Mandy and Sandy are identical twin sisters who grew up together in Minneapolis, Minnesota. After they completed school, Sandy left and moved to West Palm Beach, Florida, and opened a lawn maintenance business. Mandy stayed in Minneapolis and worked in a medical laboratory. They are now 55 years old and both have appointments with you today to discuss starting a skin care program. Neither has ever really used a formal or professional skin care regimen.
The difference between the skin conditions of these two identical twin sisters who are both 55 is that Mandy has the visible signs of “birthday” aging, and Sandy has classic symptoms of sun damage (dermatoheliosis) on top of birthday aging.
As skin care professionals, we are all certainly aware of sun damage issues and how to treat them, but how much of your client’s aging skin is due to birthdays vs. environmental factors?
In most cases, the appearance of skin aging is a combination of both intrinsic and extrinsic aging. It would be rare to find a 55-year-old with no sun damage. Taking a thorough health history and having a thorough consultation with your client will give you a lot more information about the client’s history of sun exposure, sun habits and other health habits that might have contributed to their sun damage issues. This is a good opportunity for the skin therapist to start a sun-aware program, start the client on daily sun care and teach them about sun health habits. Explain to the client that as good as their treatments and products are, they cannot hold up against bad sun habits and lack of sun protection.
There are two types of aging: chronological or intrinsic aging, which refers to aging attributed to the passing of time, and there is extrinsic aging, which is aging due to environmental and lifestyle factors. We have little control over intrinsic factors, but we have almost complete control over exposures leading to extrinsic aging.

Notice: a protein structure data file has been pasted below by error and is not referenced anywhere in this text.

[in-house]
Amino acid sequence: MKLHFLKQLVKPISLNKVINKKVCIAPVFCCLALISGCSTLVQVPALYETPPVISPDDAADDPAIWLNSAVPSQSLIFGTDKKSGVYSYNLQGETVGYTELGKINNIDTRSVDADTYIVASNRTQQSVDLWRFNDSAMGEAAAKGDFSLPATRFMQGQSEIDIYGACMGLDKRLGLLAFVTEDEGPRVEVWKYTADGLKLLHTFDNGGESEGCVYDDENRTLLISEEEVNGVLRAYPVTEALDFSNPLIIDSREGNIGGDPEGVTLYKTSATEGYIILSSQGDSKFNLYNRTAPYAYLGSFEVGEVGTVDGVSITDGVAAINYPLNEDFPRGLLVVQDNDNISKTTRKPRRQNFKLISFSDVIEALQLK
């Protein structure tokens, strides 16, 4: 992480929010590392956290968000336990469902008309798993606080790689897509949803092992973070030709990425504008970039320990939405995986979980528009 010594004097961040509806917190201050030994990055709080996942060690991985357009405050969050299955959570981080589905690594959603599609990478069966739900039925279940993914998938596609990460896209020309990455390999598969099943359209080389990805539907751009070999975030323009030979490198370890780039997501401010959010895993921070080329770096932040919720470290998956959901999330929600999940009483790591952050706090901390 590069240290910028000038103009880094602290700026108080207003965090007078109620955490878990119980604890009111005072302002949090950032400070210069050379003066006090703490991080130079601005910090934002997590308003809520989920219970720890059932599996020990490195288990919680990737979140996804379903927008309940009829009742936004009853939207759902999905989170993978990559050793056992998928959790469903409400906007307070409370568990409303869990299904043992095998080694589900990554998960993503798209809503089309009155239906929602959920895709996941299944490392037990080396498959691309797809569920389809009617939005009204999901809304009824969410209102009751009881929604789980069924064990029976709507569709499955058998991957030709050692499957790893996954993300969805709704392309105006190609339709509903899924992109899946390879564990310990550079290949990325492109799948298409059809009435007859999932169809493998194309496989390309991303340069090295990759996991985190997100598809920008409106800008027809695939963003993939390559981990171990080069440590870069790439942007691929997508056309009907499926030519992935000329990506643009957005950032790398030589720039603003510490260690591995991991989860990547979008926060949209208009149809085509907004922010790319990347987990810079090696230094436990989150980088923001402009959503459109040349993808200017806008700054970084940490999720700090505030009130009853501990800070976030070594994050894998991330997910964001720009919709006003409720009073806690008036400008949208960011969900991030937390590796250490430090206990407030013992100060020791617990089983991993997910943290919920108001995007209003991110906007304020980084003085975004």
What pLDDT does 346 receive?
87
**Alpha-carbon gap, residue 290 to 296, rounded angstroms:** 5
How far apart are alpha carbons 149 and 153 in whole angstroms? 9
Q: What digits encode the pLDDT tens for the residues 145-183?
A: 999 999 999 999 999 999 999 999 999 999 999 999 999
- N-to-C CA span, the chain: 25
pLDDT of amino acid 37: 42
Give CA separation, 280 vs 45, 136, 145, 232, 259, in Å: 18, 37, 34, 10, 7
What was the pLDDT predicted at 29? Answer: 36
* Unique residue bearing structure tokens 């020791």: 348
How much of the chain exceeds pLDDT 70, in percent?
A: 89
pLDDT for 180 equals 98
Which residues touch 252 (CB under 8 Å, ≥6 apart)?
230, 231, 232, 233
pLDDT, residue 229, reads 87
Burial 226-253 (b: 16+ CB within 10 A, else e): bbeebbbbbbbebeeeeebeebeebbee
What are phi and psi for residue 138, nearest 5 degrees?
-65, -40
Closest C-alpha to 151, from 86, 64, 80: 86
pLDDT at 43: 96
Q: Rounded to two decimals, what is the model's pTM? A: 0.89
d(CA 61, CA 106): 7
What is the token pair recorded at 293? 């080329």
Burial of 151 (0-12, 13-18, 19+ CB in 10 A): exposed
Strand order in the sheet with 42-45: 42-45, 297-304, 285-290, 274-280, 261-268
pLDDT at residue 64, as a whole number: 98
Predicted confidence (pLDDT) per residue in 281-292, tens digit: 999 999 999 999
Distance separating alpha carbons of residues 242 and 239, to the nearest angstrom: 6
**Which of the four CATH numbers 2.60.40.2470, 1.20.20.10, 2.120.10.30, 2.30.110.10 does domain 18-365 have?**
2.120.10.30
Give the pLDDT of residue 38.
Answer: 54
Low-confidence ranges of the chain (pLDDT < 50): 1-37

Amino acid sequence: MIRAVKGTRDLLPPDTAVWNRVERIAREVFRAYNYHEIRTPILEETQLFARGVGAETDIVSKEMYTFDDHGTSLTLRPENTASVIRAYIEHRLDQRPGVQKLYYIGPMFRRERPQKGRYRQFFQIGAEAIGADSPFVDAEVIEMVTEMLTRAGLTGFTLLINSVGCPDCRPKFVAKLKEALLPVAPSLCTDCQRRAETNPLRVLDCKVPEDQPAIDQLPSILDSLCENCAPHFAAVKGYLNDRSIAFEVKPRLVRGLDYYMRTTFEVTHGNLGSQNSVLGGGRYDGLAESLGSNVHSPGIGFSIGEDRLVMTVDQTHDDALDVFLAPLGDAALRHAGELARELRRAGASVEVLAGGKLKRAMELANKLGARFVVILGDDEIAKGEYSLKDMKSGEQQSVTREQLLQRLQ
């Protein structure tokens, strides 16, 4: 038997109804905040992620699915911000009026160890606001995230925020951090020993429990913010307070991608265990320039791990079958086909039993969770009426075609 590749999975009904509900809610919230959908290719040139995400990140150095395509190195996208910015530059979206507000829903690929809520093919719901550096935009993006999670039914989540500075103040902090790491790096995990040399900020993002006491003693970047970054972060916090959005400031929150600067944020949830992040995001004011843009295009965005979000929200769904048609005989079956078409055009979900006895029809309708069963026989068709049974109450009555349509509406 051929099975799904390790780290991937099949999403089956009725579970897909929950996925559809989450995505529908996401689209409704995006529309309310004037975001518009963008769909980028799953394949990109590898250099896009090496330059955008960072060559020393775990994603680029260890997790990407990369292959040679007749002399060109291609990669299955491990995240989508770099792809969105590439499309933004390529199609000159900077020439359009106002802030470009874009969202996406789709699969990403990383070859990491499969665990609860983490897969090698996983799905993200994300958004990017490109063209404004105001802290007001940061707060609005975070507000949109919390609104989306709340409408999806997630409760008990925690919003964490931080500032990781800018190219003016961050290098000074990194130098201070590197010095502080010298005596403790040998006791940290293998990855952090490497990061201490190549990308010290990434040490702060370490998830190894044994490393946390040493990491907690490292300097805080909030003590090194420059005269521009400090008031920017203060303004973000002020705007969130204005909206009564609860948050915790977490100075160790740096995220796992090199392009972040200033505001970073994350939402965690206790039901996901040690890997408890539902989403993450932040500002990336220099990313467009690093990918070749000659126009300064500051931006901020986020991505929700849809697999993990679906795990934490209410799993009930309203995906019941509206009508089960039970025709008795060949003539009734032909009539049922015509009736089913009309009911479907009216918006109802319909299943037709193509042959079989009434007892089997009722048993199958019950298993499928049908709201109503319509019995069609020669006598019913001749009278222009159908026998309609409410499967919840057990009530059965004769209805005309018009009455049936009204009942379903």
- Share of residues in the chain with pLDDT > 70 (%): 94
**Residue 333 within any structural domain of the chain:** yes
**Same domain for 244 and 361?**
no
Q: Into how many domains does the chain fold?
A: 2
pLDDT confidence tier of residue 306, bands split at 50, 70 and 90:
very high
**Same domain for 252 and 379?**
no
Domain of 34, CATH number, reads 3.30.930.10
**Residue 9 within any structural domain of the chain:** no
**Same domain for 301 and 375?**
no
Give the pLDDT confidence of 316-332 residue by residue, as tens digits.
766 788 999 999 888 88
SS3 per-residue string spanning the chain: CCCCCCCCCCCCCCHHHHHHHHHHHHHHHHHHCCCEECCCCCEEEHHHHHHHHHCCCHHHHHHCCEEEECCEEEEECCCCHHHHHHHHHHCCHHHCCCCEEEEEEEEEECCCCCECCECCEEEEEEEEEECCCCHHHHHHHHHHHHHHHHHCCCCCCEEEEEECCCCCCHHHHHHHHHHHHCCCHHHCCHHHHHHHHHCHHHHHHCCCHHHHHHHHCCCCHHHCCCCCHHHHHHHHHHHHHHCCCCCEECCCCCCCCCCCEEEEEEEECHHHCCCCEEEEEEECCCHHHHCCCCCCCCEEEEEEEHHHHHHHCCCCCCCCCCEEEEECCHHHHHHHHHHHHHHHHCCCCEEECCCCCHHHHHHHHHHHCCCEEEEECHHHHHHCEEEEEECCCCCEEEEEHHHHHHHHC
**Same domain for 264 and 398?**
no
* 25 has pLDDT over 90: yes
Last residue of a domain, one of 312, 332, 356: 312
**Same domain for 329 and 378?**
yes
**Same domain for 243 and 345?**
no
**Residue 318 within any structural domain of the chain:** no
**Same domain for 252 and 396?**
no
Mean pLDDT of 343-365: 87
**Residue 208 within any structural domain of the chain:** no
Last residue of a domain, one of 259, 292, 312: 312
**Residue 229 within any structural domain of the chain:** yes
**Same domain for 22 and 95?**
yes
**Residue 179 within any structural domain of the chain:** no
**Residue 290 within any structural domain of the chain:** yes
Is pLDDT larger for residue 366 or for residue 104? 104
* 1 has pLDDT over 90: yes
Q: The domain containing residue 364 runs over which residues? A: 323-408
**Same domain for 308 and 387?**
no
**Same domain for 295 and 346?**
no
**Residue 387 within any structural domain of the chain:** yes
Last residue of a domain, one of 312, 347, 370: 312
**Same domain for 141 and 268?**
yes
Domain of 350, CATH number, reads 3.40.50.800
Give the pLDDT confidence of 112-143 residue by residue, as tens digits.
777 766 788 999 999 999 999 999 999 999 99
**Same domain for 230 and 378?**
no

Intrinsic “Birthday” Aging
The appearance signs of intrinsic “birthday” aging begin as early as age 30 and more so at 40 years of age and up. The basic signs of birthday aging are:
- Minor elastosis all over the face,
- Expression lines across the forehead, around the eyes (squint lines and crow’s feet lines) and in the nasolabial folds;
- Puffiness or sagging (ptosis) of the upper and lower lids;
- Dryness, which is usually dehydration due to poor barrier function; and
- Loss of subcutaneous fat that appears as a “bony” look in clients 70 years of age and older, especially in the forehead.
Intrinsic aging is attributable to many factors, including the following:
Genetics. Genes are responsible for certain factors in how skin ages over time. They cause us to look like our parents and to look like our parents did as they aged. Genetic factors involving bone structure, enlargement of facial features with age, hair thinning or male pattern baldness, as well as genetic hormonal factors that affect appearance are all examples of our hereditary aging blueprint.
Gravity. The constant pull on our bodies by the earth’s gravitational forces cause skin to sag and elasticity of our skin to diminish the longer we are on the earth.
Repeated facial movements. Using our expressions can cause lines in the face, which are often called expression lines or smile lines.
Slowing of epidermal renewal. This factor can be the cause of many skin aging symptoms and can even contribute to irritation and redness. Epidermal renewal is responsible for the barrier function of our skin. The constant turnover of epidermal cells causes the formation of the lipid complexes that comprise our interstitial epidermal barrier that keeps essential moisture in the skin and also prevents penetration of potential irritants. As we get older, this renewal process slows down to reduce the amount of lipid material produced by epidermal turnover.
The epidermis has been compared to a brick wall. In this comparison, the cells are the bricks, and the mortar is the lipid layer filling the spaces between cells. This lipid layer traps water, gives skin support and plumps out the surface to make skin look firm and fresh. Impaired barrier function occurs when lipids are missing due to environmental exposure such as windburn or frostbite, or removal by over-washing or over-peeling. The skin loses its ability to hold moisture between the epidermal cells, resulting in surface dryness, dehydration and appearance effects such as accentuated wrinkles and rough-looking skin textures.